Autumn always brings with it nature’s goodies from the harvest—apple cider, bright pumpkins, and traditional treats like cranberries, nuts, and baked pies. As I get cozy for the season, I look forward to caramel as a sauce for dipping my apples or pouring over homemade ice cream and apple pie, and as a candy to share with the nieces and nephews during the holiday season. These candies will likely make an appearance in this Christmas’ cookie tins!
I make both confections using half-and-half or cream, butter and blond sugar. I add a little bit of brown sugar to the caramel sauce, which helps to make a deeper flavor and darker color. I added a little bit of homemade vanilla extract and sometimes a dash of “sea” salt.
A Victorian treat
We’re not quite sure when caramel sauce or candy first appeared on the scene, but it seems to be an American invention. Families were making hard candies over their fires before the American Revolution, combining expensive refined sugar with local water that had been steeped in herbs, such as peppermint or horehound. Sometime between 1800-1850 a talented cook combined this cooked water-sugar mix with butter and cream, setting off a tantalizing chemical reaction. The sugars react with the milk and the fats in the butter and cream keep the sugars soft and stretching, rather than turning into a hard, rock candy.
By the 1880s, candy makers had introduced this treat to the public and a few became household names: Hershey, Goetze, and Brocks all started making caramels and continue through today.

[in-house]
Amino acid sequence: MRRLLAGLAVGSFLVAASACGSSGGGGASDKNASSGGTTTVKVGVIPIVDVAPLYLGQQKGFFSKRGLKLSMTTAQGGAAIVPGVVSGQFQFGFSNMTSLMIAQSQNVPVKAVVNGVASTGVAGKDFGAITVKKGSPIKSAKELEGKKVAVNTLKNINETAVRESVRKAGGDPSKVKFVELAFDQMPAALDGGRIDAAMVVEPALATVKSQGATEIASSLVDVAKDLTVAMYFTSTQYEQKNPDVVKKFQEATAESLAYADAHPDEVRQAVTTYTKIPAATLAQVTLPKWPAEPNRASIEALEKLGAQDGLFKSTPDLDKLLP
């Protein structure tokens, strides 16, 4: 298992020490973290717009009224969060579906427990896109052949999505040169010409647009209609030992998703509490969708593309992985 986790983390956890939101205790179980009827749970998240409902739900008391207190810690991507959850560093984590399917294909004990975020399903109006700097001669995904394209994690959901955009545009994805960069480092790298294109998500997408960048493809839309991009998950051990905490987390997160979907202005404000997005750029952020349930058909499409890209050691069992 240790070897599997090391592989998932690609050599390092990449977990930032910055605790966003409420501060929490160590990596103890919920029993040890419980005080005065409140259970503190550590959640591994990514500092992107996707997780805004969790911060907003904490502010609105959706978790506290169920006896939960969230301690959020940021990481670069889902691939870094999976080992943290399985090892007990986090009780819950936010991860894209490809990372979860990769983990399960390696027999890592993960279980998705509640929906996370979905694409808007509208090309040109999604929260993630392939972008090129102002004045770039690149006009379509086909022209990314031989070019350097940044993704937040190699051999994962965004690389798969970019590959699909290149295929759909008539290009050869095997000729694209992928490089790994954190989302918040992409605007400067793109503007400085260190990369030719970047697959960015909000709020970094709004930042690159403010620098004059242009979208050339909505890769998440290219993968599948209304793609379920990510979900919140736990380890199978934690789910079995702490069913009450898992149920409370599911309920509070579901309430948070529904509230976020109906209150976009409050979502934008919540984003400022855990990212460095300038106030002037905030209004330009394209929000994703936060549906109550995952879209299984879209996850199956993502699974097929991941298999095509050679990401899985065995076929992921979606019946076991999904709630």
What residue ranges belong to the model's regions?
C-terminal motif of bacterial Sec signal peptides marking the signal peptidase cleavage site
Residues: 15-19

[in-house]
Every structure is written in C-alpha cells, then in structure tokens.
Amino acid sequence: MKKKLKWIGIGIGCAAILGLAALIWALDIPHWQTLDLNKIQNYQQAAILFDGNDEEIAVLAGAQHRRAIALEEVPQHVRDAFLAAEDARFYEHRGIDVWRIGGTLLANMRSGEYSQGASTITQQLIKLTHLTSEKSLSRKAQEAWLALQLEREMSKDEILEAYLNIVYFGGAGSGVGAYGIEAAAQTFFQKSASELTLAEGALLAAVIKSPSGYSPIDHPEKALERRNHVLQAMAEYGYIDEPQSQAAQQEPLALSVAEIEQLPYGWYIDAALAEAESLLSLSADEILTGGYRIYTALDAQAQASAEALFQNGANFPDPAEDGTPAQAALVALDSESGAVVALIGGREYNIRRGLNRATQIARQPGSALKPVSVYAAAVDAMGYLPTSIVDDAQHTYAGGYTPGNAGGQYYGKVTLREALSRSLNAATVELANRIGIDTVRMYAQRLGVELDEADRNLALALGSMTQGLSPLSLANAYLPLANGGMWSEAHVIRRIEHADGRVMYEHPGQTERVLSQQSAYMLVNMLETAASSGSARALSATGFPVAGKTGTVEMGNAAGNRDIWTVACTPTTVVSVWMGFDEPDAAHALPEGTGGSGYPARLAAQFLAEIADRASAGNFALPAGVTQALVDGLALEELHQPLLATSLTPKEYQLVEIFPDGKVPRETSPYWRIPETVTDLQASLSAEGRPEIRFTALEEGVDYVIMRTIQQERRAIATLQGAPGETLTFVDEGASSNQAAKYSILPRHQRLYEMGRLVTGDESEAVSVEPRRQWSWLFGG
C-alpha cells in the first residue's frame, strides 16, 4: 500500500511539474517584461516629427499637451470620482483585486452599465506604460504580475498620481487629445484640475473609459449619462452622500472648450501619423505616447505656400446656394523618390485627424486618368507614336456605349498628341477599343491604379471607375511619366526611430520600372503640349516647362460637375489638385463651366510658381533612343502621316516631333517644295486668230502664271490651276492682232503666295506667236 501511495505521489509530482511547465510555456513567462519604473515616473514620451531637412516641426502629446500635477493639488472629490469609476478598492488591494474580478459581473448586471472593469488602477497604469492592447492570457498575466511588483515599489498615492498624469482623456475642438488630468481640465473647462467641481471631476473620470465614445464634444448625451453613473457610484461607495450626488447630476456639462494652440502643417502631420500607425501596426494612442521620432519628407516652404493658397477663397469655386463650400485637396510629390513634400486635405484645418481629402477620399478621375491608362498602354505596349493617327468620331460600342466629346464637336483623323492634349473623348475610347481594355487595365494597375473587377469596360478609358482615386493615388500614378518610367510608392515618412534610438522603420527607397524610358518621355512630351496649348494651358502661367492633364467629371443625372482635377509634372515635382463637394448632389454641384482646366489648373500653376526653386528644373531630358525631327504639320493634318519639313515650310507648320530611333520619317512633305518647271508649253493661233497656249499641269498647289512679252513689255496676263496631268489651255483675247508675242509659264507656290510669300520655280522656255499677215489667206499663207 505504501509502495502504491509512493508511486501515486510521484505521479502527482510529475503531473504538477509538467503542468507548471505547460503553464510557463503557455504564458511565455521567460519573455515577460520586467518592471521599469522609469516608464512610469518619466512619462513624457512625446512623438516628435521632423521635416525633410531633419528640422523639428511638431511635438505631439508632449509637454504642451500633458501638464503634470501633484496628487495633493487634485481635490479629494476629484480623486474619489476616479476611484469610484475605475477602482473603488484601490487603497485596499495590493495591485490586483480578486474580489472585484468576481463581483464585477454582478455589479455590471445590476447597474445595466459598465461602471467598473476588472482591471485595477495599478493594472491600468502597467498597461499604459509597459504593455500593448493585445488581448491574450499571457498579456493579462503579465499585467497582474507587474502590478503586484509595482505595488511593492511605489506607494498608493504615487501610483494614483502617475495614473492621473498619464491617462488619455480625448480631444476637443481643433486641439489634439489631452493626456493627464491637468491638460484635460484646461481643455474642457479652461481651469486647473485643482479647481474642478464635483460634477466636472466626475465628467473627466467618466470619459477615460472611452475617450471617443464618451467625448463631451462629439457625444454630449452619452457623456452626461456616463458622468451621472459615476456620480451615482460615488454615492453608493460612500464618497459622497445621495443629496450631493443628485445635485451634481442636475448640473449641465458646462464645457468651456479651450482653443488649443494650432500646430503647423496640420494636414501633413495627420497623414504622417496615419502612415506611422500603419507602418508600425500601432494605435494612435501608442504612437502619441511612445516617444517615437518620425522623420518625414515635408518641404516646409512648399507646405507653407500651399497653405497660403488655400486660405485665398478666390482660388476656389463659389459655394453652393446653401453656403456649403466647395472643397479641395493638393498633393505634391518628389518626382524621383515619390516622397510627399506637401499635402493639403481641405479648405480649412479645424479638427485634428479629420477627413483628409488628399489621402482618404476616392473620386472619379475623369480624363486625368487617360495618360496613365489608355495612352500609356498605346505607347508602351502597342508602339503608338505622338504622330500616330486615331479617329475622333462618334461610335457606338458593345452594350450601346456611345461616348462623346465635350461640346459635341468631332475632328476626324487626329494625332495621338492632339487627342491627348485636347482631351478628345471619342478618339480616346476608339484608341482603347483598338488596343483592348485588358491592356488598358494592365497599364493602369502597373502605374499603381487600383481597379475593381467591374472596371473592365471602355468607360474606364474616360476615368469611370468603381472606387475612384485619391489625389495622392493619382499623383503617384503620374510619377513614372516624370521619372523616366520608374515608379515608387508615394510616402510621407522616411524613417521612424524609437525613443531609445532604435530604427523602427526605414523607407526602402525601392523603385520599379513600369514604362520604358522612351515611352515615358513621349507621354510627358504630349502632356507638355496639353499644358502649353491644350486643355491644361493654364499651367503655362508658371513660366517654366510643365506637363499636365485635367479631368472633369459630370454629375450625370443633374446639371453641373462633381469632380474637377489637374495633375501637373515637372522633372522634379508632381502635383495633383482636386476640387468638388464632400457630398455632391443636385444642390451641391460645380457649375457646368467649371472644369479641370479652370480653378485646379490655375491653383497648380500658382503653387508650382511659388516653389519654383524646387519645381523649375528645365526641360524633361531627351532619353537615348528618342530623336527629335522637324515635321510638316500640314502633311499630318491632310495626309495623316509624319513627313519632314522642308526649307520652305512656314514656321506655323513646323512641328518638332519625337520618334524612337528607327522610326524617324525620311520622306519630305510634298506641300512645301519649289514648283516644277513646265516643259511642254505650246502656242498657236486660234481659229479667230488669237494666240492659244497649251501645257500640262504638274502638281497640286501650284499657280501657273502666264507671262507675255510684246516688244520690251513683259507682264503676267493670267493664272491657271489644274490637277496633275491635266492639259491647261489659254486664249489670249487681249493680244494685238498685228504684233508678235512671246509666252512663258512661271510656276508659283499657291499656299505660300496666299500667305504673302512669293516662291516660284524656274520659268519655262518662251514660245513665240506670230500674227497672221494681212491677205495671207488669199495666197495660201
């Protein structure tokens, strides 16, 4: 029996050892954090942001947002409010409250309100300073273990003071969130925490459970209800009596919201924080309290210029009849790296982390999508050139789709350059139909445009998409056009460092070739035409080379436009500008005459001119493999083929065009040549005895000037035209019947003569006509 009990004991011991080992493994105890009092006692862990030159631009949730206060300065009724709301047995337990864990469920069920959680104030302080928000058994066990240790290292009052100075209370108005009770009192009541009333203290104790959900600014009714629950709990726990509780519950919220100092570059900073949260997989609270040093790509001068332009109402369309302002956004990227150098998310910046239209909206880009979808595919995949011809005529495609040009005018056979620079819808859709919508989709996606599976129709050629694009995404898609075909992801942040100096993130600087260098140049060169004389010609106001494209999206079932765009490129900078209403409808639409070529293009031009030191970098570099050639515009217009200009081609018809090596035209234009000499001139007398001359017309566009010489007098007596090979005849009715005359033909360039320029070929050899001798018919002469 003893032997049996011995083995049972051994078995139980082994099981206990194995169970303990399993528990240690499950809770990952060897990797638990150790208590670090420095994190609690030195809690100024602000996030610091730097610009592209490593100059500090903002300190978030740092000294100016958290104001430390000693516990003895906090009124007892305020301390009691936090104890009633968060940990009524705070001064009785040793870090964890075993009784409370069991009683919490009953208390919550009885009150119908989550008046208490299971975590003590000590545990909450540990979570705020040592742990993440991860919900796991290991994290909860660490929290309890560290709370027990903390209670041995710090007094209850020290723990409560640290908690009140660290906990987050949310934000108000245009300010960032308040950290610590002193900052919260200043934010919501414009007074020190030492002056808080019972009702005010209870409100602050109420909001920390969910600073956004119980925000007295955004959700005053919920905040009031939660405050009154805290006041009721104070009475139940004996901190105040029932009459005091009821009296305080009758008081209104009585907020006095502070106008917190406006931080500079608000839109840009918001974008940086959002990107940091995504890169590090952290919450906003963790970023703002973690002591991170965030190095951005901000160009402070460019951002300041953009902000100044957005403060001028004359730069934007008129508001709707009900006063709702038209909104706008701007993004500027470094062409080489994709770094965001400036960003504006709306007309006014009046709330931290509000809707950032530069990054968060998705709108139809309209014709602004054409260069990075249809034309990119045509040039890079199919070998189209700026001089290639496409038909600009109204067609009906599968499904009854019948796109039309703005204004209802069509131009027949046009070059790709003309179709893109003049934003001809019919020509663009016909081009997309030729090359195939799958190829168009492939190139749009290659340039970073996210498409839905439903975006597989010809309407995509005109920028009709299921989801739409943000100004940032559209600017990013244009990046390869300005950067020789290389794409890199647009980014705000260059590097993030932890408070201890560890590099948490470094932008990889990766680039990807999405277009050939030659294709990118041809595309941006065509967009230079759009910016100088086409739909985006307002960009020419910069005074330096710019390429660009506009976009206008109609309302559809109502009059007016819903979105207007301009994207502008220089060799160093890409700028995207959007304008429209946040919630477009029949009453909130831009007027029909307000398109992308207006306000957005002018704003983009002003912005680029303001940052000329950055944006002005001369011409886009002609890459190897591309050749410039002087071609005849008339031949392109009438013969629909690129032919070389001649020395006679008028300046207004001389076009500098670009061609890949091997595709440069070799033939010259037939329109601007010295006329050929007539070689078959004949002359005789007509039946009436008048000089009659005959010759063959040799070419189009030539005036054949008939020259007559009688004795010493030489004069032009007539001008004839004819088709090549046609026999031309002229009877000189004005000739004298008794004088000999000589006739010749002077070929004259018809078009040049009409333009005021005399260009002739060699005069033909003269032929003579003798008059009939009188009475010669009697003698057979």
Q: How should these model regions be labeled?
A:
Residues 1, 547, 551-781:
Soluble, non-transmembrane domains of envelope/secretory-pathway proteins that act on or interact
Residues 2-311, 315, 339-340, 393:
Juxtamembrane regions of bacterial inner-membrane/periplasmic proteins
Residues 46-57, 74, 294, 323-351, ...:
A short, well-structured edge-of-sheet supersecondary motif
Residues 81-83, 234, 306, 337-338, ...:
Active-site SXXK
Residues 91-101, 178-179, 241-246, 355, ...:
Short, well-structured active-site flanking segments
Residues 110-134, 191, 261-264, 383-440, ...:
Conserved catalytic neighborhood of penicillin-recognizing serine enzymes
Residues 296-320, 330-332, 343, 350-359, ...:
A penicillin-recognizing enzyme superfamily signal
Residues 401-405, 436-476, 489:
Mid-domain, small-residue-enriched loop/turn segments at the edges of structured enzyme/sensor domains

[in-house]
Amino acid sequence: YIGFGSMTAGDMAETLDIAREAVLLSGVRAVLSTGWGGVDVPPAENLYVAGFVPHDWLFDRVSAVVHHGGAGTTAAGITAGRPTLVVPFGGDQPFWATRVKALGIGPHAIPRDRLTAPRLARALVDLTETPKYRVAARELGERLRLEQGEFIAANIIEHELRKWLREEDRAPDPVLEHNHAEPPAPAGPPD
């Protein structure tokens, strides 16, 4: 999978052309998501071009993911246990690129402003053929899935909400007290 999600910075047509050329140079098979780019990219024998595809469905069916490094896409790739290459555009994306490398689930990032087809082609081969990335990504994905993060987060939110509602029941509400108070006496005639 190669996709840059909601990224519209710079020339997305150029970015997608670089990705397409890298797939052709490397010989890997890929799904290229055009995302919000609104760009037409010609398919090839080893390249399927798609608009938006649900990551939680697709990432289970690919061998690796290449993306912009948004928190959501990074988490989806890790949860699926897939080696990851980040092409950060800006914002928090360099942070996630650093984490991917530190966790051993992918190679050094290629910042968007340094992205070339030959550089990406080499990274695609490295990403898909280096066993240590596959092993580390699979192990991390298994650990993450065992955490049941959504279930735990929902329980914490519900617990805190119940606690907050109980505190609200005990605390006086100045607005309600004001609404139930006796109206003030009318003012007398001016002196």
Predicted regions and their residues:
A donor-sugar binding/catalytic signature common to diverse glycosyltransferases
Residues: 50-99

This caramel sauce is a tried-and-true one that I have been making for a couple of years. I took it to my brother’s house recently to be drizzled over some fresh apple pie. The nephews loved it! We even caught the oldest niece attempting to secretly spoon some directly from the jar to her mouth.
It’s good with freshly sliced apples or used a dip with crunchy pretzels. It melts nicely in coffee, but you will have a buttery film on the top of your drink. You can also drizzle it hot or cold over ice cream or blend into a milkshake.
- 1 ½ cups of blond sugar
- 1-2 Tblsp brown sugar (to your taste, I’ve done both)
- ¼ cup water
- ½ cup butter, cut into teaspoon-sized pieces
- ¾ cup half-and-half
- ¼ tsp vanilla extract
Get it out of the way first—make sure your butter is cut into little pieces. It will make the blending much easier!
Use a heavy-bottomed pot with lots of room for expansion. I use a 2.5 quart enameled cast-iron pot (like this one). I like how the cast iron helps the sugar to melt and holds its heat as I’m working.
Combine the sugars and the water and put the heat on medium, stirring occasionally until the sugars are melted. Once melted, turn to medium high (but not on high!) and stop stirring. If the sugar starts to climb up the sides of your pot, use a silicon pastry brush dipped in water to gently brush the crystals back down into the liquid. Keep a watchful eye and let it cook for about 10 minutes – a minute or two longer will give you a deeper caramel color and a little ricked or a flavor. But, too much more and you can scorch the sugar.
Turn the heat down to medium or medium low and add the half-and-half all at once. Keep whisking until combined and heat for another 2-3 minutes, whisking as needed. Watch carefully to prevent scorching.
Add your vanilla at this point and remove from the heat. If you want salted caramel, now is the time to add a ½ teaspoon of sea salt or pink salt. While hot, the sauce is thin but will set up and thicken as it cools.
This caramel sauce will keep in your icebox or refrigerator for about two weeks. I did once have a small layer of syrup separate from the sauce on the bottom of the jar after a day or two but found that could easily be stirred back into the sauce.
Like this? There's more: caramel candies!